Recommended for all macOS High Sierra users
Privacy is still not high enough on the minds of Apple CEOs. This OS version continues the tradition of serving up technologies that compromise your privacy, such as not being able to clear data in the inactive parts of RAM after quitting applications. We strongly advise downloading and running a manual or automatic (the latter being the most preferred option) RAM memory purging utility. See OS X 10.11 for some fine examples of suitable utilities:
About version 10.13
Apple must be getting information to suggest a number of people are staying with older versions of macOS (or OS X). The comfortable nature of having something they are familiar with, is more privacy-protected (such as not having everything going through the Apple servers and being stored in the iCloud with little or no control), works in the sense that they know certain favourite apps will continue to run, and avoids too many unnecessary macOS features slowing down their slightly older Macs, are just some of the reasons to resist change. Perfectly understandable. There is only so much OS X/macOS people can take. Still, for those willing to defy the trend, there are enough of them out there who are tempted to try the latest. These are mainly the ones who want to be "first" at anything and think "Apple" is the greatest company in the world (and with a market worth of US$850 billion, who can blame them?). We can see why Americans love Apple, and why Apple loves Americans to help it carry these macOS upgrades through.
So, how do we entice the more established Mac connoiseur to move on? Good question. Moving on often equates to more profits for Apple and other software manufacturers. To the consumer, it usually means more changes and potentially further problems if the latest changes are not properly tested by the company (or should that be the beta testers consisting of newbies and those who want to be the first at everything?).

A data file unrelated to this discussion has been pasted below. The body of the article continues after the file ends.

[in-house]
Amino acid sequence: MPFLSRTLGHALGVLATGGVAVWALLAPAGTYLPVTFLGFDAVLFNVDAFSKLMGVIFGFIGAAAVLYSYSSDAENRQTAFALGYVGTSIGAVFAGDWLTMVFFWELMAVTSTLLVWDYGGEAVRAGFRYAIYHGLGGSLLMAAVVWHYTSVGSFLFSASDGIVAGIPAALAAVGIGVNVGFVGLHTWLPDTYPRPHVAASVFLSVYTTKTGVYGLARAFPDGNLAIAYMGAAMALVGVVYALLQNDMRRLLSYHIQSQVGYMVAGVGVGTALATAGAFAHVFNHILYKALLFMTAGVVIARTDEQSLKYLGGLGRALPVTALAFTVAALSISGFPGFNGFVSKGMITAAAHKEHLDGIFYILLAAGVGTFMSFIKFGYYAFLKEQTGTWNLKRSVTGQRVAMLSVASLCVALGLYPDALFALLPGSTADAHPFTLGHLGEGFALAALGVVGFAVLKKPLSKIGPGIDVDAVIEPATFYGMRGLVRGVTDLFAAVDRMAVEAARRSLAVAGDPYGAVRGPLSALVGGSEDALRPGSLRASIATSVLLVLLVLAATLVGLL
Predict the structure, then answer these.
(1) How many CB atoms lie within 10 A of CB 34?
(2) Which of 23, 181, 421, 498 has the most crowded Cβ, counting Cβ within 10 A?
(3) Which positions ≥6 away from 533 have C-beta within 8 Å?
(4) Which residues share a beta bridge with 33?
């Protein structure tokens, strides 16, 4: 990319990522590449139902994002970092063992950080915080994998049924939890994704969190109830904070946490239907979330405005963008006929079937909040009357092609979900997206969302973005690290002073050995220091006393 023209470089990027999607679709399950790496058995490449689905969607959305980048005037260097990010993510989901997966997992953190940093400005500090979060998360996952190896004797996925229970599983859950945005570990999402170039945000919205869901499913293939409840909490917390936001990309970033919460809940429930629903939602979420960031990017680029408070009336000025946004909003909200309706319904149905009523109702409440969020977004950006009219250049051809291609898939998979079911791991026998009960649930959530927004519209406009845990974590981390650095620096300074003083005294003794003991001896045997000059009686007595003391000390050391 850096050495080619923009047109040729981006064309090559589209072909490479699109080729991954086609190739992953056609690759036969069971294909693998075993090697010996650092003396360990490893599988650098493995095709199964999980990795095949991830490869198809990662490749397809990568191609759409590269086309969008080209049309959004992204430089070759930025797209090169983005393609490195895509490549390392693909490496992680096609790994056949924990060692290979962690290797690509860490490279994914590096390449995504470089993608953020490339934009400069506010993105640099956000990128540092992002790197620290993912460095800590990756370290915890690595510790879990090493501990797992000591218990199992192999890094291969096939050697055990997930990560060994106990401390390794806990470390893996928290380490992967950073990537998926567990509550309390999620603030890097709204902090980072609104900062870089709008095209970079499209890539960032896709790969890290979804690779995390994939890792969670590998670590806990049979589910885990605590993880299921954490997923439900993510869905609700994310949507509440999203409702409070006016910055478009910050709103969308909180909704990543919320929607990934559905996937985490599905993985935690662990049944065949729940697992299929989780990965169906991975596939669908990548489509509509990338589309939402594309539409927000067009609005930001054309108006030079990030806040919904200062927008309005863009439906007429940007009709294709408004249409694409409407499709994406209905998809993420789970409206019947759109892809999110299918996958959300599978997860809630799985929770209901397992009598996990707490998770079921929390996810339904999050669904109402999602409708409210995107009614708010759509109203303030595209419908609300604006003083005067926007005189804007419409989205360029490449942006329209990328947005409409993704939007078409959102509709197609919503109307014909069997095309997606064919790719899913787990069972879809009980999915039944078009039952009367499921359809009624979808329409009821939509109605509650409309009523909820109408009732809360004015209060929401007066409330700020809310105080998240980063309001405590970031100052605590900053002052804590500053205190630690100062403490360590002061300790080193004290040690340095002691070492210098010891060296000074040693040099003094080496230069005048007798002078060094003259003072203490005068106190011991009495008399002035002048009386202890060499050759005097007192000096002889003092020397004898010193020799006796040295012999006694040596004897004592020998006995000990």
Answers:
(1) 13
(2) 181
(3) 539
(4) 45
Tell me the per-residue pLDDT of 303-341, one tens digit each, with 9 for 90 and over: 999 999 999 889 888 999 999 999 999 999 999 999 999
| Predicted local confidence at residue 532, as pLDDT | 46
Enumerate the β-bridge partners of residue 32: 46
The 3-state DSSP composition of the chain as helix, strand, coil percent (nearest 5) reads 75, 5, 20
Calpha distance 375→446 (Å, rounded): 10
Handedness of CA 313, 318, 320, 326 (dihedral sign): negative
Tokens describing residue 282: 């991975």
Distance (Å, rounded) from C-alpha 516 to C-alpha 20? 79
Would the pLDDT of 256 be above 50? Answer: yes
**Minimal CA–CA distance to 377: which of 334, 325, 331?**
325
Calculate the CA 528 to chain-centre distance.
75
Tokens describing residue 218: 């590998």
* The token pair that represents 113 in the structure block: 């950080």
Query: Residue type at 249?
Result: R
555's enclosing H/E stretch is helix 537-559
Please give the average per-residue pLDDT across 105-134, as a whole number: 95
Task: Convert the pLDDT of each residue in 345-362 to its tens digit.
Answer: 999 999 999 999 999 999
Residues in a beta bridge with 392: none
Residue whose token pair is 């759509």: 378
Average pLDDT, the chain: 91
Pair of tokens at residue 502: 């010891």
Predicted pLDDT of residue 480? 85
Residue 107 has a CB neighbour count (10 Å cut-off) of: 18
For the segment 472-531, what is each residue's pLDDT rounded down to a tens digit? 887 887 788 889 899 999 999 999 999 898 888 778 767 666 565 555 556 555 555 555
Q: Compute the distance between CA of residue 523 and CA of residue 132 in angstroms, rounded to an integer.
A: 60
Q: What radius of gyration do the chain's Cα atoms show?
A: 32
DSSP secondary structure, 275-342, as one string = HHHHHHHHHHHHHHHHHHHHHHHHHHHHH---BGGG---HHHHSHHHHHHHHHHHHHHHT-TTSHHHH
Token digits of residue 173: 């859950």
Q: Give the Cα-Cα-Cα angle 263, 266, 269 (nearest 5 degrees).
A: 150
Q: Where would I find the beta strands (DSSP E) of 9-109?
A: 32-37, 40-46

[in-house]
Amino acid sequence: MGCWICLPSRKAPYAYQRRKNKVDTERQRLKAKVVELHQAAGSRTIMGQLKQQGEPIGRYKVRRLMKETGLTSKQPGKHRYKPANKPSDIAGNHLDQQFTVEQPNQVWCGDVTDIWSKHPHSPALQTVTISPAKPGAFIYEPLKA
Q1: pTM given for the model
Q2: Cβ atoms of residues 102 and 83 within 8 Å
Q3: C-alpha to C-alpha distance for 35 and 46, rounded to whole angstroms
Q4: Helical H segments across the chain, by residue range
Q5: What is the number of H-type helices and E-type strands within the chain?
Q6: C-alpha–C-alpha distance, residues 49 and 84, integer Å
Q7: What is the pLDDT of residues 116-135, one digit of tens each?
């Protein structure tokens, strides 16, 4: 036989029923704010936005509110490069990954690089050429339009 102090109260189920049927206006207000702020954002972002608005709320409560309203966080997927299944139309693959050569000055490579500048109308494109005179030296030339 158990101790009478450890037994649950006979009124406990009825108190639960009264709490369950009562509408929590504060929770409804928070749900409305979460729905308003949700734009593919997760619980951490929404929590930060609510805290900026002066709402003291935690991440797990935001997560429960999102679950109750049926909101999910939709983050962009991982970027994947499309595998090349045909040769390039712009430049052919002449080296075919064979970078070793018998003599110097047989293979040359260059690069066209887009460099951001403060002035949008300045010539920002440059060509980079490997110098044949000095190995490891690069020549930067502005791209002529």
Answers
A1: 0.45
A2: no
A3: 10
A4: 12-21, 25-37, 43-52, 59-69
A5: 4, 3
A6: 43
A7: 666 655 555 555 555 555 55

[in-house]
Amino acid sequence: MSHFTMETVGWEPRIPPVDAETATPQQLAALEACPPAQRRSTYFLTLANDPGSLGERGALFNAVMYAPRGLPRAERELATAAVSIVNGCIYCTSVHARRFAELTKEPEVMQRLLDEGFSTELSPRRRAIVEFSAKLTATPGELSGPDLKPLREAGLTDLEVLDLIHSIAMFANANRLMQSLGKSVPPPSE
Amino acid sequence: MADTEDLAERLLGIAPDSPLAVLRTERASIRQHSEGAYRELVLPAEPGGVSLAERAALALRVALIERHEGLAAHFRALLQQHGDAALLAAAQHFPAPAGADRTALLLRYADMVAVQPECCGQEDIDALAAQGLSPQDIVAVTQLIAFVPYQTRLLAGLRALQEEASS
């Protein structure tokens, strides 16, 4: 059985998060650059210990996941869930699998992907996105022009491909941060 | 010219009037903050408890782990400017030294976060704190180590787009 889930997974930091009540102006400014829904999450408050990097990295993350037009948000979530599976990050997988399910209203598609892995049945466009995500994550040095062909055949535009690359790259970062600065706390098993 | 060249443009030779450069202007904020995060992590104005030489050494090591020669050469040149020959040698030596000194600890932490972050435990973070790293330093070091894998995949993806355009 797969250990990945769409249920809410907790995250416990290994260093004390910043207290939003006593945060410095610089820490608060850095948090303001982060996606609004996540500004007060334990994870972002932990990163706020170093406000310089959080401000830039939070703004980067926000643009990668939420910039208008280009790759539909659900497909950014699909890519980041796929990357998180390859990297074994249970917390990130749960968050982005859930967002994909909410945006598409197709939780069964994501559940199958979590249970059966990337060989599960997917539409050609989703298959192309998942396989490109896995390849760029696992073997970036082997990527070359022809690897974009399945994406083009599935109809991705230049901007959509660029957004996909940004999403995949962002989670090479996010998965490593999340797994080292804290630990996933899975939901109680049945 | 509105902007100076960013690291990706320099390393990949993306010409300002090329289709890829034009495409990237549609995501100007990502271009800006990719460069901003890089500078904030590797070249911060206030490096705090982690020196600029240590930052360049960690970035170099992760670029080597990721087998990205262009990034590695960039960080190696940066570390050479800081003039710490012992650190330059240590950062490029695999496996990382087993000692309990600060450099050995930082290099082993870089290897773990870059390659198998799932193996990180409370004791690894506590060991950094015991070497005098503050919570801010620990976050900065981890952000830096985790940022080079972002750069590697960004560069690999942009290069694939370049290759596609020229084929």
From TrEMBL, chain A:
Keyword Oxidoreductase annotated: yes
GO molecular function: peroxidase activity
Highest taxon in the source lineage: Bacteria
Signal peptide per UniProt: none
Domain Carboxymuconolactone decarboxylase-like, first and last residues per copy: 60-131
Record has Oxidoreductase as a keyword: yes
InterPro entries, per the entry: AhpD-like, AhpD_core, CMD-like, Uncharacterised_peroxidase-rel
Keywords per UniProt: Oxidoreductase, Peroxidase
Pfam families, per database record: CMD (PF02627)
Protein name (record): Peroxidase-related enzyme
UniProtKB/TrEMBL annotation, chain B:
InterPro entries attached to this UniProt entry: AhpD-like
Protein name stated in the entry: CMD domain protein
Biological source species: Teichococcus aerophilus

To increase the likelihood of receiving greater profits from those existing Apple users relying on previous macOS (or OS X) and hopefully grab a few more new gullible users to the Mac platform, we see considerable marketing techniques being employed by Apple through careful choice of words to show the brilliance of the latest release. And maybe it is, depending on what you hope to achieve with the latest macOS. Sure, there are lots of ways Apple will try to learn who you are and what you do (and what you are using for apps too) now considered a standard feature (yes, there has always been another good reason to have users on iCloud). No need for Apple to emphasise this aspect. Rather, it is better to mention those other things that the company wants us to hear. Therefore, words to the effect of "advanced", "performed beautifully", "better", "new level of security", and "visual experience to the next level" will be just the tip of the iceberg. Sounds familiar? Well, you have to give it to Apple. It has been doing this for more than 30 years, and don't the profits show for it (mind you, if anything is good, it should speak for itself, right?).
Okay, so now we have macOS High Sierra. Just another in a long list of macOS versions The good thing is it does remain free as it should given the glut of different versions out there at the moment. Therefore, the question on everyone's minds is, Is it worth it?
Or to put it another way, how well-justified is all the marketing hype for the latest release? Indeed, will it see all Mac users make the move to the latest macOS version (and with it a potential rise in sales of new Macs to handle it)?